Tom Talks Taxes - September 16, 2022
All about the new §25E previously-owned clean vehicle credit
Last week, I reviewed the revised §30D clean vehicle credit; this week, I’m doing an overview of the brand new §25E credit for previously-owned clean vehicles.
The §25E credit is available for previously-owned clean vehicles placed into service after December 31, 2022, and before January 1, 2033. It is a nonrefundable personal credit.
A qualified buyer who places into service a previously-owned clean vehicle receives a nonrefundable credit equal to the lesser of $4,000 or 30% of the vehicle sale price.
A qualified buyer is an individual who:
Purchases the vehicle for use and not resale,
Cannot be claimed as a §151 dependent by another taxpayer, and
Has not claimed a §25E credit for a vehicle sale during the three years ending on the date of the current vehicle sale.
A previously-owned clean vehicle is a motor vehicle:
Whose model year is at least two years earlier than the calendar year of purchase (i.e., in 2023, the model year must be 2021 or earlier),
Whose original use commences with a person other than the taxpayer,
Acquired by the taxpayer in a qualified sale, and
That is one of two types of vehicles.
A qualified sale is the sale of a motor vehicle:
By a §30D(g)(8) dealer,
For a sale price of $25,000 or less, and
Which is the first transfer to a qualified buyer (other than the original use taxpayer) since August 16, 2022.
The two types of vehicles eligible for the §25E credit are:
A fuel cell vehicle that meets §30B(b)(3)(A), (B) requirements, or
A motor vehicle that meets the general §30D electric motor vehicle requirements except that final assembly does not have to occur in North America, and there are no critical mineral or battery component requirements.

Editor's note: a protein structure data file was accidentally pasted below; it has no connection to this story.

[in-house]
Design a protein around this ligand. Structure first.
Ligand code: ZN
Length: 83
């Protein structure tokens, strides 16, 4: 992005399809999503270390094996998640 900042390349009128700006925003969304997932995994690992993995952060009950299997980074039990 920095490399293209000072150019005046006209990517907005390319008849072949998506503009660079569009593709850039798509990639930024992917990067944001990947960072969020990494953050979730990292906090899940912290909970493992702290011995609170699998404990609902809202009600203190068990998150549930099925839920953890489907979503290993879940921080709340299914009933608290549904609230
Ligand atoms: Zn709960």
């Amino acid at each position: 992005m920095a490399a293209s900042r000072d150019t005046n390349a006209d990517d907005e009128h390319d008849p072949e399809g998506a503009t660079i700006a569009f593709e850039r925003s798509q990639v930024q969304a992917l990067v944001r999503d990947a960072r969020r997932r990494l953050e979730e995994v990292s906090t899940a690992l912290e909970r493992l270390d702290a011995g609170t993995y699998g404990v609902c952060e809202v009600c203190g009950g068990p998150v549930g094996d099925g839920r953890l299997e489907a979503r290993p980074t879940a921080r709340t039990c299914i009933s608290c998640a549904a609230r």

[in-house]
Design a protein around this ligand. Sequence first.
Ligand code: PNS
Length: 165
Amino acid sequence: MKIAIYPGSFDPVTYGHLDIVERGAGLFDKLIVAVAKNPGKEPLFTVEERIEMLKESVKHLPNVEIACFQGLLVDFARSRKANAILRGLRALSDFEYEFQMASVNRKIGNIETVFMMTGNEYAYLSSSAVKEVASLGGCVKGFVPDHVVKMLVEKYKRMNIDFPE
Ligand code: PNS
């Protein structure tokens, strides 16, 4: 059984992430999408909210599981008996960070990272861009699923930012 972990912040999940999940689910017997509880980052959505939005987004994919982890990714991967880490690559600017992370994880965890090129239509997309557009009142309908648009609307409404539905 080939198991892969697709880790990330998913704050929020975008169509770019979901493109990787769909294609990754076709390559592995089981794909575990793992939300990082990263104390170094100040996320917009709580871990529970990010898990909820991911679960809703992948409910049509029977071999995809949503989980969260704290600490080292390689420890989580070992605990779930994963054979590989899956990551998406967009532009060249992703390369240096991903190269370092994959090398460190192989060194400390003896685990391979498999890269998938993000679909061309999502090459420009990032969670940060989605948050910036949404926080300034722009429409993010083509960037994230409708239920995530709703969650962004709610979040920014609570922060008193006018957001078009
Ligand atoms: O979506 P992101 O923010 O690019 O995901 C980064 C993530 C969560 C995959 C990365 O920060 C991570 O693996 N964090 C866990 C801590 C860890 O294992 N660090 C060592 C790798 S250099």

The following rules apply to the §25E credit:
The credit amount reduces the vehicle basis.
Any other deduction or credit allowed for a vehicle is reduced by the §25E credit amount.
A vehicle used predominantly outside the United States is ineligible.
The IRS can recapture the credit for a vehicle that ceases to be eligible.
A taxpayer can elect not to claim the §25E credit.
The vehicle must meet certain air quality and safety standards.
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In addition, only one §25E credit is allowed per vehicle, based on the vehicle identification number (VIN), and the VIN must be provided on the taxpayer’s return.
A modified adjusted gross income (MAGI) limit applies to the §25E credit. If a taxpayer’s MAGI (adding back §911, §931, and §933) exceeds the following amounts, no credit is allowed:
$150,000 for a joint return or a surviving spouse,
$112,500 for a head of household, or
$75,000 for all other filing statuses.
To apply the MAGI limit, the taxpayer uses the lesser of MAGI in the current tax year or MAGI in the immediately preceding tax year. This provision stops unanticipated increased income in the year of purchase from preventing §25E credit eligibility.
For vehicles placed in service after December 31, 2023, taxpayers can elect to transfer their credit to treat it as a payment to the dealer. This election must be made no later than the vehicle's purchase date. If a taxpayer who makes this election ultimately does not qualify for the §25E credit, their total tax is increased by the payment amount. This provision allows a taxpayer to get the full credit value in the year of purchase, even if their total tax is less than the credit amount.
Here are planning considerations for the §25E credit:
This credit has far fewer restrictions than the §30D credit; however, the $25,000 purchase price limit may disqualify many used vehicles for the credit.
Private-party sales do not qualify for the §25E credit. All qualified sales must be from a car dealer.
Married filing separately will likely be a credit strategy for a married couple consistently over the MAGI limit; however, how this applies to jointly owned vehicles is unknown.
A §151 dependent cannot claim the §25E credit; however, their parent can claim the credit if the parent purchases the car for the dependent’s use.
The MAGI income limits are much lower for this credit; higher-income individuals must buy a new vehicle to get a tax credit.
A business vehicle does not qualify for the §25E credit, and a business cannot claim the §45W commercial clean vehicle credit for a used car. A business generally must buy a new vehicle to get a tax credit.
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